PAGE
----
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In The Gut
The Blue Elephant Theatre
14th June 2016


Siobhan McKiernan and Margot Courtemanche as Judith Jerry and Marie Chantal du Pape

Photography © Charlene Segeral

Well, I never wanted to have a bun in the oven anyway. However, if you've ever considered having kids, In The Gut may make you think twice. Exuberant hosts Judith Jerry (Siobhan McKiernan) and Marie Chantal du Pape (Margot Courtemanche) take the traditional baking metaphor and really run with it, guiding their audience through a series of varied and increasingly absurd sketches about everything that happens from conception through to childbirth, including some very disturbing kneading. Thanks to this hour-long production, you will never look at dough in the same way again, you have been warned...

Whether proud parent, reluctant parent, childless by circumstance or childfree by choice, everyone past a certain age has given some thought to their childrearing future. It's a quick and easy conversation for some to have with themselves, a much harder one for others. In The Gut doesn't take a view on what is normal or best, rather explores the idea of coming to terms with whatever the future does hold. Some subjects are naturally hard to discuss, no matter how supportive the environment, but comedy is used here to create a safe distance between the words being said and the deeper more emotional meaning behind them. Seemingly pointless games and thinly veiled analogies are used to great effect.

References to Marie's apparent infertility and Judith's lack of maternal desire are casually dropped in, with director Alice Robinson never letting the tone get too heavy. Judith's throwaway references to getting a dog instead of a baby are never examined any further, and Marie's mini-beakdown about the physical difficulties she faces in carrying a child to term is cut short by an unsympathetic Judith. Humour is used repeatedly to mask the real issues affecting the protagonists. Although this is a modern piece of clowning, effectively we're still laughing at people slipping on banana skins and hurting themselves.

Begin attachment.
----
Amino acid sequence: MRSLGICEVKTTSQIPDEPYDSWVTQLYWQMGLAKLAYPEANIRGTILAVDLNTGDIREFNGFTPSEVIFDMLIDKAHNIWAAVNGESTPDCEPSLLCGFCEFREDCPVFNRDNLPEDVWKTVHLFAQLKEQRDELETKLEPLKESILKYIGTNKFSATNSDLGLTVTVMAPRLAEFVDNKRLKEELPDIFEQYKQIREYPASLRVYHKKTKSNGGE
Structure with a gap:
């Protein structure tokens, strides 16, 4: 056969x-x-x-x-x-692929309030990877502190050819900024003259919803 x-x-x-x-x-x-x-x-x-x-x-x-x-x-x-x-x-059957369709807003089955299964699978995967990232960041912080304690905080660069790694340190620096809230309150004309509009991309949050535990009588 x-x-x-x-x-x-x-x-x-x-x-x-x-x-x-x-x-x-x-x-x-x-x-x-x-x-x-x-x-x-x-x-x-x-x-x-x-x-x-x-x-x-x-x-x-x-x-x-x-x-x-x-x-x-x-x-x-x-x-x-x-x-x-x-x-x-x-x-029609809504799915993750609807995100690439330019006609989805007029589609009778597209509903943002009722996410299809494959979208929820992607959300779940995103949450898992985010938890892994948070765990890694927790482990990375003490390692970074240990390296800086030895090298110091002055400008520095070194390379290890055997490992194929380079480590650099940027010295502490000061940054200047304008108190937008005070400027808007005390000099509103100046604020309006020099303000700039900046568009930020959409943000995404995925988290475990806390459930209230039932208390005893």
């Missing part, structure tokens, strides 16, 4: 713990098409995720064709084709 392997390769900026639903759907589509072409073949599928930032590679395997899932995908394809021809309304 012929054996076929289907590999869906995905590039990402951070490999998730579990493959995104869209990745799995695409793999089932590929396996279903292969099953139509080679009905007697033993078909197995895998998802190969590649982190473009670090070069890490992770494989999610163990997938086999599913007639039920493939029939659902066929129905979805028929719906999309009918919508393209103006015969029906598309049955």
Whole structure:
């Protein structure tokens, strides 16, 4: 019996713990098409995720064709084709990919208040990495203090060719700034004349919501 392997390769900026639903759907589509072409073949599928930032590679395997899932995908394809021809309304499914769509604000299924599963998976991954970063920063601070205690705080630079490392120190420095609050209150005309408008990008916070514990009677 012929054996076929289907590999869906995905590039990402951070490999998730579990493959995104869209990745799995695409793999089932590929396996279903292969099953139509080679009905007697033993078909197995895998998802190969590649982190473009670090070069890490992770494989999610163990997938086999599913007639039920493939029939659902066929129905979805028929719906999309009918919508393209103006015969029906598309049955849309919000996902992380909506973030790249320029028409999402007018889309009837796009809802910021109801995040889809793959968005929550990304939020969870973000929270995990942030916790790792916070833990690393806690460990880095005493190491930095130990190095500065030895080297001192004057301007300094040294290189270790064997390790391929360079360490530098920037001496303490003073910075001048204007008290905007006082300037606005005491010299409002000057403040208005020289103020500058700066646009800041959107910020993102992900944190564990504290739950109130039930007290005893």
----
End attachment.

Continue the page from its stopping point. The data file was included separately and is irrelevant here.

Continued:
Rather than red noses and white face paint, McKiernan and Courtemanche don bright and cheery garb that conjures up the impression of part-housewife, part-midwife and well, part-crazy 1990s gameshow. With lurid floral dresses and aprons, bold eyeshadow, red lippy and exaggerated eyeliner, they exude a real sense of playfulness and positivity. In the first five seconds of looking at the two players, the production establishes itself as a a light-hearted comedy. Nicola Ralph's set is also a lot of fun, with a red curtain that is used in creative and yet (with the benefit of hindsight) inevitable ways in which I have never seen a red curtain used before.

Sometimes the sound cues are slightly off and the performers' accents do wander, but McKiernan and Courtemanche are always totally committed to their roles, delivering their lines with such conviction and enthusiasm that you ignore any minor technical slips. Their style of grotesque, interactive clowning may not be to everyone's tastes, however it's clear this show is a labour of love and their delivery is good. Some of the jokes drag on a bit longer than they need though, with the energy sometimes lacking as a result. It's here that Robinson needs to be firmer, ensuring that there are no lulls.

Whilst there's a sense of organised chaos to In The Gut, it could do with a stronger narrative arc and tighter direction. Nonetheless, it's a visceral, silly and downright bizarre piece of entertainment which manages to explore serious topics without being serious.

In The Gut opened on 14th June and runs until 18th June 2016 at the Blue Elephant Theatre.

Nearest tube station: Oval (Northern)

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